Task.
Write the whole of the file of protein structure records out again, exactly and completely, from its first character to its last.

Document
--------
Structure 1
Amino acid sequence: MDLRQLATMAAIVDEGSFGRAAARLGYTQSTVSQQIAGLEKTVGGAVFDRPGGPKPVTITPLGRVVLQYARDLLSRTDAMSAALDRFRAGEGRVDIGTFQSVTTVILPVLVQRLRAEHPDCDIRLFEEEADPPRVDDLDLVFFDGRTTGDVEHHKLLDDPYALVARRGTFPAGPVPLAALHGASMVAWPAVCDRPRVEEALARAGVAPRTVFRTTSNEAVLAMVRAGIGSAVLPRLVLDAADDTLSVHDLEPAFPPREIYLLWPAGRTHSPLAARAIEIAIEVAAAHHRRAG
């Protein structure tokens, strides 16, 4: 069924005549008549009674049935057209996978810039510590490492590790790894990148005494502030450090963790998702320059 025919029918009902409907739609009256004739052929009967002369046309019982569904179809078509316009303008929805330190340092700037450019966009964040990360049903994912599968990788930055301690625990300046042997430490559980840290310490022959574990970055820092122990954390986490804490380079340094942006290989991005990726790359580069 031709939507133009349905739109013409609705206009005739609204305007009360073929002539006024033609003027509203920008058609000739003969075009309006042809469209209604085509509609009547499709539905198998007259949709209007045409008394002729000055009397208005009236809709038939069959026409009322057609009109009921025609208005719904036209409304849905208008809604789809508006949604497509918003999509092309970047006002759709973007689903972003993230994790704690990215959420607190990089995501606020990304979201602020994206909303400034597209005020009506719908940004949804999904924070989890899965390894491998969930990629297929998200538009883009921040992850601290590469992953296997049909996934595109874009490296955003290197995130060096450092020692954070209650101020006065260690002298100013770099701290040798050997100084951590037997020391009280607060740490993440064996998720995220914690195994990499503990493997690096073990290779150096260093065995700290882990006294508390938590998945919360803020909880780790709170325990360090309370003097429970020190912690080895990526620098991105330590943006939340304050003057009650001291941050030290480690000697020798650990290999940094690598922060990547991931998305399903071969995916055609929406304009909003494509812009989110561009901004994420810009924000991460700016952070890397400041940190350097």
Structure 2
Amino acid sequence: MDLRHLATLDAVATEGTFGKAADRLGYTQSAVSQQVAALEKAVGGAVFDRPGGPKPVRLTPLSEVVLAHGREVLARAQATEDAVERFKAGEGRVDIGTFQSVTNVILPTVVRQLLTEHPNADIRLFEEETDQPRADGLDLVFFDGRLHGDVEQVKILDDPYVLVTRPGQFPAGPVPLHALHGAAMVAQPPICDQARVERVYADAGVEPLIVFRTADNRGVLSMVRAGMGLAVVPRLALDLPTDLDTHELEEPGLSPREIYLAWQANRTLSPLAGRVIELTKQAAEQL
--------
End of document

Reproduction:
Structure 1
Amino acid sequence: MDLRQLATMAAIVDEGSFGRAAARLGYTQSTVSQQIAGLEKTVGGAVFDRPGGPKPVTITPLGRVVLQYARDLLSRTDAMSAALDRFRAGEGRVDIGTFQSVTTVILPVLVQRLRAEHPDCDIRLFEEEADPPRVDDLDLVFFDGRTTGDVEHHKLLDDPYALVARRGTFPAGPVPLAALHGASMVAWPAVCDRPRVEEALARAGVAPRTVFRTTSNEAVLAMVRAGIGSAVLPRLVLDAADDTLSVHDLEPAFPPREIYLLWPAGRTHSPLAARAIEIAIEVAAAHHRRAG
């Protein structure tokens, strides 16, 4: 069924005549008549009674049935057209996978810039510590490492590790790894990148005494502030450090963790998702320059 025919029918009902409907739609009256004739052929009967002369046309019982569904179809078509316009303008929805330190340092700037450019966009964040990360049903994912599968990788930055301690625990300046042997430490559980840290310490022959574990970055820092122990954390986490804490380079340094942006290989991005990726790359580069 031709939507133009349905739109013409609705206009005739609204305007009360073929002539006024033609003027509203920008058609000739003969075009309006042809469209209604085509509609009547499709539905198998007259949709209007045409008394002729000055009397208005009236809709038939069959026409009322057609009109009921025609208005719904036209409304849905208008809604789809508006949604497509918003999509092309970047006002759709973007689903972003993230994790704690990215959420607190990089995501606020990304979201602020994206909303400034597209005020009506719908940004949804999904924070989890899965390894491998969930990629297929998200538009883009921040992850601290590469992953296997049909996934595109874009490296955003290197995130060096450092020692954070209650101020006065260690002298100013770099701290040798050997100084951590037997020391009280607060740490993440064996998720995220914690195994990499503990493997690096073990290779150096260093065995700290882990006294508390938590998945919360803020909880780790709170325990360090309370003097429970020190912690080895990526620098991105330590943006939340304050003057009650001291941050030290480690000697020798650990290999940094690598922060990547991931998305399903071969995916055609929406304009909003494509812009989110561009901004994420810009924000991460700016952070890397400041940190350097």
Structure 2
Amino acid sequence: MDLRHLATLDAVATEGTFGKAADRLGYTQSAVSQQVAALEKAVGGAVFDRPGGPKPVRLTPLSEVVLAHGREVLARAQATEDAVERFKAGEGRVDIGTFQSVTNVILPTVVRQLLTEHPNADIRLFEEETDQPRADGLDLVFFDGRLHGDVEQVKILDDPYVLVTRPGQFPAGPVPLHALHGAAMVAQPPICDQARVERVYADAGVEPLIVFRTADNRGVLSMVRAGMGLAVVPRLALDLPTDLDTHELEEPGLSPREIYLAWQANRTLSPLAGRVIELTKQAAEQL